Thermodynamic Depth of Causal States: When Paddling around in Occam's Pool Shallowness Is a Virtue
Abstract
Thermodynamic depth is an appealing but flawed structural complexity measure. It depends on a set of macroscopic states for a system, but neither its original introduction by Lloyd and Pagels nor any followup work has considered how to select these states. Depth, therefore, is at root arbitrary. Computational mechanics, an alternative approach to structural complexity, provides a definition for a system's minimal, necessary causal states and a procedure for finding them. We show that the rate of increase in thermodynamic depth, or {\it dive}, is the system's reversetime Shannon entropy rate, and so depth only measures degrees of macroscopic randomness, not structure. To fix this we redefine the depth in terms of the causal state representation$\epsilon$machinesand show that this representation gives the minimum dive consistent with accurate prediction. Thus, $\epsilon$machines are optimally shallow.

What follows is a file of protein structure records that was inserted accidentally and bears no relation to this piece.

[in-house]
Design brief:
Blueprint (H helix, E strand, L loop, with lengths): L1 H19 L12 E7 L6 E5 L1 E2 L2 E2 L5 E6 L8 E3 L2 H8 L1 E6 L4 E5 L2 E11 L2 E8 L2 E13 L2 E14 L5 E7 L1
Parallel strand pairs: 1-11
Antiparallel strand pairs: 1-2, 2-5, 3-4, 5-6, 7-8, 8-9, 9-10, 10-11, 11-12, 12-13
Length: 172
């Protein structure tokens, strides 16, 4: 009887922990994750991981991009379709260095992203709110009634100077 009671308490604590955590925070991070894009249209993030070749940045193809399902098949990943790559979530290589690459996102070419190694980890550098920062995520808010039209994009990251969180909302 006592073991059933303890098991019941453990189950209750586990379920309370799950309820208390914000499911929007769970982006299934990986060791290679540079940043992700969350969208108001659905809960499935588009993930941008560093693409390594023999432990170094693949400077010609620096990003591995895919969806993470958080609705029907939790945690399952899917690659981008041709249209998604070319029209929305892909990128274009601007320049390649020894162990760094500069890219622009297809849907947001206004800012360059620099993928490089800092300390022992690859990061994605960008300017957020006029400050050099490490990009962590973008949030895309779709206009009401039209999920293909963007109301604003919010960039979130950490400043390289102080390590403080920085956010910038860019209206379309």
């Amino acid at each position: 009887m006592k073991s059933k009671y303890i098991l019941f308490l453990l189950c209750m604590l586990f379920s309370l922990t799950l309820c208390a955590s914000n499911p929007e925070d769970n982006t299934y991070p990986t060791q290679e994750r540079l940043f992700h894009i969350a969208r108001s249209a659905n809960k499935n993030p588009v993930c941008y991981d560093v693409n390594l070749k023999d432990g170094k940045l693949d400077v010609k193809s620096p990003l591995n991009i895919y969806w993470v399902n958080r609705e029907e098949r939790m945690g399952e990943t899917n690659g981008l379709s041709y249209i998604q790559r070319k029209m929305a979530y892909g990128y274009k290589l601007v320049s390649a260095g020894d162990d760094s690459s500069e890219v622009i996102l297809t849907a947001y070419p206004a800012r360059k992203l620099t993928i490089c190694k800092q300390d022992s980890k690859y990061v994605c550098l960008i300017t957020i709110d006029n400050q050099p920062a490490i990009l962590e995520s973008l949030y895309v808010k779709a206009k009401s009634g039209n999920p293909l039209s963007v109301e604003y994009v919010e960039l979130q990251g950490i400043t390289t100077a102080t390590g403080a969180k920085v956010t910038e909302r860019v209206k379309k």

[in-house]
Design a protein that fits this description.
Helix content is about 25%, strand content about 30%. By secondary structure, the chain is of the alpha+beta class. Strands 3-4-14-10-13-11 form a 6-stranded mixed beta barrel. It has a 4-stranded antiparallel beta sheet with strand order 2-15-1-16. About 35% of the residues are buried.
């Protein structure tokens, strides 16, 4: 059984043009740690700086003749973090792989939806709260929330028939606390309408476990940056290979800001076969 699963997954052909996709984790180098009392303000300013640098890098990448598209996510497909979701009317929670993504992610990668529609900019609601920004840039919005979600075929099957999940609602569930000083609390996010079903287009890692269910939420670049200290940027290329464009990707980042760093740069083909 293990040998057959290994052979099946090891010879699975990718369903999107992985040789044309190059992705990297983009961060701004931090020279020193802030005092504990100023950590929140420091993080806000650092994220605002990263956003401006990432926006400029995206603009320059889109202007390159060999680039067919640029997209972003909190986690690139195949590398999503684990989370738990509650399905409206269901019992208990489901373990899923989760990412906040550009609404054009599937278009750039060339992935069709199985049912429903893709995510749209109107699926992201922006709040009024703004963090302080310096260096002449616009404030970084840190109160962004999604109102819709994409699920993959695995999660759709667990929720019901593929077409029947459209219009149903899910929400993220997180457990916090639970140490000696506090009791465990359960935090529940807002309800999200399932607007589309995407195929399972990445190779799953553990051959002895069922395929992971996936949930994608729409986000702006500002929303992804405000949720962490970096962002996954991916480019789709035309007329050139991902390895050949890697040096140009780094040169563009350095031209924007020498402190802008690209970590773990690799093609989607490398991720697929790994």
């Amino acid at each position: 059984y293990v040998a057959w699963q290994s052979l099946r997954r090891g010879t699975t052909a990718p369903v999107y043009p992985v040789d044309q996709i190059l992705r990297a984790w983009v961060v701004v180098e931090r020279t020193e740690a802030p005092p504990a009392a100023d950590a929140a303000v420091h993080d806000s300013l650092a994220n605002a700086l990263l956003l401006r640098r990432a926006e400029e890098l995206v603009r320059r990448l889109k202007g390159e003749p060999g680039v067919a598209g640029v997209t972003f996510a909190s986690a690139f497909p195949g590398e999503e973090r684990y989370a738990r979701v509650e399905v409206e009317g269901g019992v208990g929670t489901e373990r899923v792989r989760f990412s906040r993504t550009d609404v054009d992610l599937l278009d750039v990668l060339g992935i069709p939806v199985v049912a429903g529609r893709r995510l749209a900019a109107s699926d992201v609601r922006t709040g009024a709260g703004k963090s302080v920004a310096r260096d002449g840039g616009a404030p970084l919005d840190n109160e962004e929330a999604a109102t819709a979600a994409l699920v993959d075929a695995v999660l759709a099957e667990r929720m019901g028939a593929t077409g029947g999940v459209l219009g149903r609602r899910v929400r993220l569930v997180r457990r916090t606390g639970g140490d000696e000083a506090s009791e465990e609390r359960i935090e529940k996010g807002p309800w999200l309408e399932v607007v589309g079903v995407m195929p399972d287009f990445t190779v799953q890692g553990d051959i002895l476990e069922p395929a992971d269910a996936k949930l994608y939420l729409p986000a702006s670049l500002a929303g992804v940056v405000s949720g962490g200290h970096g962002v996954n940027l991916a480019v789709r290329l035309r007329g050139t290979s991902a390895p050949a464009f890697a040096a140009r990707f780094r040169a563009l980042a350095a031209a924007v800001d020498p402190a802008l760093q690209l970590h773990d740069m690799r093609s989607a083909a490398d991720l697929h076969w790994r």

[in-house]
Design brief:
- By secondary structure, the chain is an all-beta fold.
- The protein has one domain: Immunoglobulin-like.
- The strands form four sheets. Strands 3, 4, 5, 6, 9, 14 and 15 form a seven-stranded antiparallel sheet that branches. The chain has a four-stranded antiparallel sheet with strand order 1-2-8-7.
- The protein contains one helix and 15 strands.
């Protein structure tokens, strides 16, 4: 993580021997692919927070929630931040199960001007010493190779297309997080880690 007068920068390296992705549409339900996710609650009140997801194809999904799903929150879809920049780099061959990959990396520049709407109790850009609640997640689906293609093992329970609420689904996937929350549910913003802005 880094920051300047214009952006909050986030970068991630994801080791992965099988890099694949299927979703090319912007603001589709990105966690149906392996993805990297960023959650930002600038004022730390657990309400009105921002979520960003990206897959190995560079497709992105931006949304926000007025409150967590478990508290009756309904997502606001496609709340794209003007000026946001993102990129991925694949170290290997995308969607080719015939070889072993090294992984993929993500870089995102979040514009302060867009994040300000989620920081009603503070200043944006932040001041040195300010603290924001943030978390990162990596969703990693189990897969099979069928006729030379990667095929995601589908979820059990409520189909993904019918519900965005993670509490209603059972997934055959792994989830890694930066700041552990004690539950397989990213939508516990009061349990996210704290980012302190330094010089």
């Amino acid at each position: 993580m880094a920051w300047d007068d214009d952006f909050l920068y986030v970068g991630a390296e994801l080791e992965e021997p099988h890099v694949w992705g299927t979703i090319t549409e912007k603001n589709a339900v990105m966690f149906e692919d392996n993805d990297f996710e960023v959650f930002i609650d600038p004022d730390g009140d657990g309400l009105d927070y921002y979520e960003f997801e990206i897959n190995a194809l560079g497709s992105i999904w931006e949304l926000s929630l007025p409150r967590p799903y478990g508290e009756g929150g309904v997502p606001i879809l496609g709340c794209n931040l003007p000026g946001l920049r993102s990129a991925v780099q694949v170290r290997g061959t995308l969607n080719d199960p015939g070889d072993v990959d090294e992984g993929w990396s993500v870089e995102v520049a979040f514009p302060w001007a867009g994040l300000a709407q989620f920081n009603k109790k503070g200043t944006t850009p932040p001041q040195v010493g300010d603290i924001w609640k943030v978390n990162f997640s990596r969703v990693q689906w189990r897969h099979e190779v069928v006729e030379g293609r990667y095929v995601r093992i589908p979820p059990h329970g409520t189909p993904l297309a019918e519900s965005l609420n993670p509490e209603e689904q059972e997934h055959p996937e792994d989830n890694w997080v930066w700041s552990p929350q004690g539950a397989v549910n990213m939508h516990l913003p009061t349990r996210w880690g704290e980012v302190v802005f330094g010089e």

Publication:

arXiv eprints
 Pub Date:
 August 1998
 DOI:
 10.48550/arXiv.condmat/9808147
 arXiv:
 arXiv:condmat/9808147
 Bibcode:
 1998cond.mat..8147C
 Keywords:

 Condensed Matter  Statistical Mechanics;
 Adaptation;
 Noise;
 and SelfOrganizing Systems;
 Chaotic Dynamics;
 Nonlinear Sciences  Adaptation and SelfOrganizing Systems;
 Nonlinear Sciences  Chaotic Dynamics
 EPrint:
 11 pages, 9 figures, RevTeX